Government to announce end of the diesel and petrol car

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[The UK follows suit: all new vehicles must be fully electric by 2040. Of course, in terms of political time horizons, 23 years is effectively 'never' for today's government. Corporations are even worse than politicians as far as this goes, being driven by the results of the next quarterly report. *RON*]

Ben Webster, The Times, 26 July 2017

Ministers were forced to publish their plans to tackle air quality after a legal challenge by campaigners NICK ANSELL/PA
Sales of new diesel and petrol cars and vans will be banned from 2040, the government is to announce today.

The supply of new hybrid vehicles that have an electric motor and a petrol or diesel engine will also end in a move that comes after a similar pledge this month by President Macron of France. Less than 1 per cent of new cars sold in Britain run solely on electric power.

The ban is part of a government plan to improve air quality. It includes £255 million to help local authorities to deal with toxic nitrogen dioxide (NO2) from diesel vehicles.

The decision about electric vehicles came as:
  • BMW announced that its new electric Mini would be assembled in Britain, going into production in 2019 at its factory in Cowley in Oxford.
  • The company said that it had “neither sought nor received” reassurances from ministers on trade arrangements after Britain leaves the EU.
  • In a further boost after Brexit, Donald Trump promised to strike a “major” trade deal with Britain, leading to the creation of more jobs.
Under plans to be outlined today by Michael Gove, the environment secretary, dozens of councils with roads breaching legal limits for NO2 will be required to publish initial plans to cut emissions by the end of March and final proposals by the end of next year.

Councils will also be allowed to ban diesel vehicles in some polluted areas, Mr Gove said this morning. Ministers will leave it to councils to decide how to tackle the problem, which has angered air-quality campaigners who say that the only effective measure is to require cities to impose entry fees on diesel drivers.

Removing speed humps, reprogramming traffic lights and changing road layouts are among other measures available to town halls, Mr Gove will say.

Councils will be allowed to introduce charging zones if no other measure will cut pollution by the required amount but the government will guide them away from penalising diesel drivers.

Mr Gove said that charges were a “blunt instrument”. He told the Today programme on Radio 4: “I would prefer to use a series of surgical interventions because I think that’s fairer to drivers, but also likely to be more effective, more quickly, in the areas that count.”

The plan will include a commitment to hold a consultation on a scrappage scheme for older diesel vehicles, though will offer few details on how it might be funded. Mr Gove will announce that a “comprehensive clean-air strategy to tackle the full range of pollutants” will be published next year.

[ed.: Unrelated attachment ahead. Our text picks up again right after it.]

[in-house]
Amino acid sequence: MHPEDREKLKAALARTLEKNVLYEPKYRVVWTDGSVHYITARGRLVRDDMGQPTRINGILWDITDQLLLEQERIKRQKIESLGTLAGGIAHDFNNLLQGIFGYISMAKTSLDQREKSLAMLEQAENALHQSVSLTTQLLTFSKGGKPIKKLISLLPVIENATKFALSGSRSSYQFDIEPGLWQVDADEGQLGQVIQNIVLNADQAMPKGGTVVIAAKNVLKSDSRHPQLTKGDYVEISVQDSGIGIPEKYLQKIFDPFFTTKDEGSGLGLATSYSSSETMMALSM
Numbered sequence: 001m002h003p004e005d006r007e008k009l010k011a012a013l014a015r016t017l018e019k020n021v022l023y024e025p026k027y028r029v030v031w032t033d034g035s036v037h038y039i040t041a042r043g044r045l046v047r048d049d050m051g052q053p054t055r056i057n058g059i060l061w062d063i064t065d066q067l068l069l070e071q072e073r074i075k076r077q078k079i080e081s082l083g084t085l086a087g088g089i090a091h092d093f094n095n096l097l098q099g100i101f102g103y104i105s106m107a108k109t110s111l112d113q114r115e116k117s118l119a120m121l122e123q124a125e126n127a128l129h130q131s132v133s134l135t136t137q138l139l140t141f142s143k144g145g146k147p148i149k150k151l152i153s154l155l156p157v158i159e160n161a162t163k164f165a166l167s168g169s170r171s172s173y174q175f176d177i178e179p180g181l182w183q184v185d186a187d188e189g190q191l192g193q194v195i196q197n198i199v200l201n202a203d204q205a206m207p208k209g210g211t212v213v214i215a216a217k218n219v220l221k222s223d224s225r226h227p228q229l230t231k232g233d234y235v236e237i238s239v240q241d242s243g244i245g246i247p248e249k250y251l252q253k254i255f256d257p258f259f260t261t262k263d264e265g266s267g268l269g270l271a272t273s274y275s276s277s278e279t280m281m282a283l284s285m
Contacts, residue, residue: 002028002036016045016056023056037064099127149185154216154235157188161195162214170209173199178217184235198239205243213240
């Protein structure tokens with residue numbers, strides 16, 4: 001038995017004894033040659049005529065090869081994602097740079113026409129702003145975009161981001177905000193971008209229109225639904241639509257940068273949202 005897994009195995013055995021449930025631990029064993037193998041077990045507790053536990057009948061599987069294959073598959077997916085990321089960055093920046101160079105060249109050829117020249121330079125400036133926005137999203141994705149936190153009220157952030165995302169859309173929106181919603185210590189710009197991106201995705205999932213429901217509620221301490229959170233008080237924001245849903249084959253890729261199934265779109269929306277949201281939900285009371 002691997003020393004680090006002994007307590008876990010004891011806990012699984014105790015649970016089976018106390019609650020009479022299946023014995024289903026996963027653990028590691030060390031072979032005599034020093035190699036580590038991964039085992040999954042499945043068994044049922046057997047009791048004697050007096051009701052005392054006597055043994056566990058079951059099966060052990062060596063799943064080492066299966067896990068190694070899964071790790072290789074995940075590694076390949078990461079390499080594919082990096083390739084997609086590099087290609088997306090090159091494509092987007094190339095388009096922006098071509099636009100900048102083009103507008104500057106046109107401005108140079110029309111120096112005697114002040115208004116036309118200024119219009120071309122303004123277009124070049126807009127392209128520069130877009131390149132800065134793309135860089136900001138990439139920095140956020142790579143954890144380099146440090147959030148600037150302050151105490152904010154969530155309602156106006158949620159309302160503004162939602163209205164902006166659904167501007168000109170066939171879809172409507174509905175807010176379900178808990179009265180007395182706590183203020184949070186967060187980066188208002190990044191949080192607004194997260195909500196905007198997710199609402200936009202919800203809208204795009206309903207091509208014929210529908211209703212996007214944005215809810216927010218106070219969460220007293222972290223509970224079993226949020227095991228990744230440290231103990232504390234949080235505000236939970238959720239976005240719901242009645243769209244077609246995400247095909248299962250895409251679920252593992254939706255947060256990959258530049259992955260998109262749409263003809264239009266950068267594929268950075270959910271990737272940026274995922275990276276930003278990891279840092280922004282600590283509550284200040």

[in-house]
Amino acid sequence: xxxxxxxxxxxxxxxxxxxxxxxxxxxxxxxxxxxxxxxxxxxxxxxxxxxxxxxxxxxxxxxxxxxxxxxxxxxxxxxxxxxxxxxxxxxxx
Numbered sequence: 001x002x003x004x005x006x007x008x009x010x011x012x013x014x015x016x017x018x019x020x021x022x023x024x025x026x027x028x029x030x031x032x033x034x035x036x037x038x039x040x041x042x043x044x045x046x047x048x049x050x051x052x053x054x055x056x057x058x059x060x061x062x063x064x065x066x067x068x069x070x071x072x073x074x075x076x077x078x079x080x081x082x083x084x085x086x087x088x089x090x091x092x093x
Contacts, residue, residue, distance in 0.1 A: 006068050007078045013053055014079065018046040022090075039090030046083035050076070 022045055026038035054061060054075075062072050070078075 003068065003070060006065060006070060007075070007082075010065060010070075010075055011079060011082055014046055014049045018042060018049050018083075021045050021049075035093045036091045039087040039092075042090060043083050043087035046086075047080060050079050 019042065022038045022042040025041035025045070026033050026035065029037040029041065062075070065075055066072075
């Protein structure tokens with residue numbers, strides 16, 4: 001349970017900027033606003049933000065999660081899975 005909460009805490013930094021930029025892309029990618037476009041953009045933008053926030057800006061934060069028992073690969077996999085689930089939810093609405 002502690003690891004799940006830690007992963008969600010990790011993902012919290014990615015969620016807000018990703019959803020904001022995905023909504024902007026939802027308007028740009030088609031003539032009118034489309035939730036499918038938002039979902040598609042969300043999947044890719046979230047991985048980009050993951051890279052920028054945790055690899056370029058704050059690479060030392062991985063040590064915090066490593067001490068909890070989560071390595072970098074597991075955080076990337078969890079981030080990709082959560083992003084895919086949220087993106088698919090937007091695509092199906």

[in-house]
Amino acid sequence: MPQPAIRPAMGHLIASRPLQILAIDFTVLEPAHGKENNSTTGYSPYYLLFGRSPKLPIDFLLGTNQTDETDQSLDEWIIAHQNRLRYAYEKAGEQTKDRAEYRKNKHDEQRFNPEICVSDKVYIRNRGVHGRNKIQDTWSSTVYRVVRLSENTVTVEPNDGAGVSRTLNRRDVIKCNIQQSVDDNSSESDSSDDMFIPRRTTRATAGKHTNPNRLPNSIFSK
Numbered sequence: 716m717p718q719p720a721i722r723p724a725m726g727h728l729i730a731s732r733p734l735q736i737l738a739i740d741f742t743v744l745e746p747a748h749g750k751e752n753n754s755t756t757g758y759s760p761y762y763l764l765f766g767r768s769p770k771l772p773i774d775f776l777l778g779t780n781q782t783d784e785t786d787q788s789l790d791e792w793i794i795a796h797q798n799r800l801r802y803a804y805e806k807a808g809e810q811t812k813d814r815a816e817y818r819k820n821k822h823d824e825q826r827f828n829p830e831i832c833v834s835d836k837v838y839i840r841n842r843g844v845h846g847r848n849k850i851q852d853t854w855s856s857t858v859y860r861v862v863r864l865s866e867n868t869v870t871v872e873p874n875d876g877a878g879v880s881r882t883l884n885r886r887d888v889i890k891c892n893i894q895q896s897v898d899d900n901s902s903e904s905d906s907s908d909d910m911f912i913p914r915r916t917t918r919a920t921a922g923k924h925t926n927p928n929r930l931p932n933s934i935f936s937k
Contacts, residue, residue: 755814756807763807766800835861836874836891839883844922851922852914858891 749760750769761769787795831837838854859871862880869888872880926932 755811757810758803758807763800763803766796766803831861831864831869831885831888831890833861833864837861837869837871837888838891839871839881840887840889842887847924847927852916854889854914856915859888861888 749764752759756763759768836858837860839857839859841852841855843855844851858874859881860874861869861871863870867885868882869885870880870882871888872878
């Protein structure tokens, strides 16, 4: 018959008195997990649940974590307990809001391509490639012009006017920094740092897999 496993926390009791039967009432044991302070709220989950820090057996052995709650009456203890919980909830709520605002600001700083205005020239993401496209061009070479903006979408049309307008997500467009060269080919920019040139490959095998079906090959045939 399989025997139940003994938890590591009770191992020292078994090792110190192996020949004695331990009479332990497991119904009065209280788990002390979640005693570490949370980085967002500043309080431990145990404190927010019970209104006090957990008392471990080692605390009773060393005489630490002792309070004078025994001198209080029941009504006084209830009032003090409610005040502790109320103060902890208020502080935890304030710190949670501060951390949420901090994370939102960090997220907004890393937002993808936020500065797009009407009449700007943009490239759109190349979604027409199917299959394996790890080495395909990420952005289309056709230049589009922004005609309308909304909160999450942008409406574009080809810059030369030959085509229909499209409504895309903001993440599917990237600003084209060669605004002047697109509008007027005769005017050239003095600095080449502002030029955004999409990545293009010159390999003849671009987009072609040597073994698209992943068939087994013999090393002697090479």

The High Court ordered the government to publish today’s plan after ruling that a previous version failed to comply with an EU directive to reduce emissions in the “shortest possible time”.

A report by the Royal College of Physicians last year estimated that air pollution — linked to cancer, asthma, stroke and heart disease, diabetes, obesity and dementia — caused 40,000 premature deaths a year.

The announcement comes two weeks after Mr Macron pledged to outlaw the sale of vehicles that use an internal combustion engine from 2040. The government’s commitment to a similar ban is a strengthening of its previous position. The Conservative manifesto stated: “We want almost every car and van to be zero-emission by 2050.” Two weeks ago the government said that, for this target to be achieved, sales of new petrol and diesel cars would need to stop in 2040.

The air-quality plan announced today is part of a £3 billion programme, of which £2.7 billion had already been revealed, including £1 billion in grants for electric cars. The plan will state that poor air quality is the biggest environmental risk to public health in Britain and cost the country up to £2.7 billion in lost productivity in 2012. It is likely to be challenged in the High Court by the environmental group ClientEarth on the ground that it still does not comply with the legal obligation to reduce emissions in the shortest possible time.

A spokesman for ClientEarth, which brought the legal challenge that forced ministers to publish today’s plan, said: “The health issues caused by exposure to illegal air pollution are happening now, so we need urgent action.”

A government source conceded that the ban on petrol and diesel vehicles by 2040 would have little impact on toxic emissions in the next few years. There are 38 local authorities with at least one road forecast “persistently to exceed NO2 legal limits” and which ministers say may require “additional measures”.

Most large cities are listed, including Birmingham, Manchester, Liverpool, Newcastle, Bristol, and Southampton, but also rural and suburban authorities, such as New Forest and Surrey Heath.

A government spokesman said: “Our plan to deal with dirty diesels will help councils clean up emissions hotspots — often a single road — through common-sense measures which do not unfairly penalise ordinary working people.

“Diesel drivers are not to blame and, to help them switch to cleaner vehicles, the government will consult on a targeted scrappage scheme, one of a number of measures to support motorists affected by local plans.”

Mr Gove said he would work with any council which tabled a scrappage scheme which was “effective and [offered] value for money”.

Nick Robinson, the Today host, said Mr Gove was late for his interview because he was stuck in traffic.


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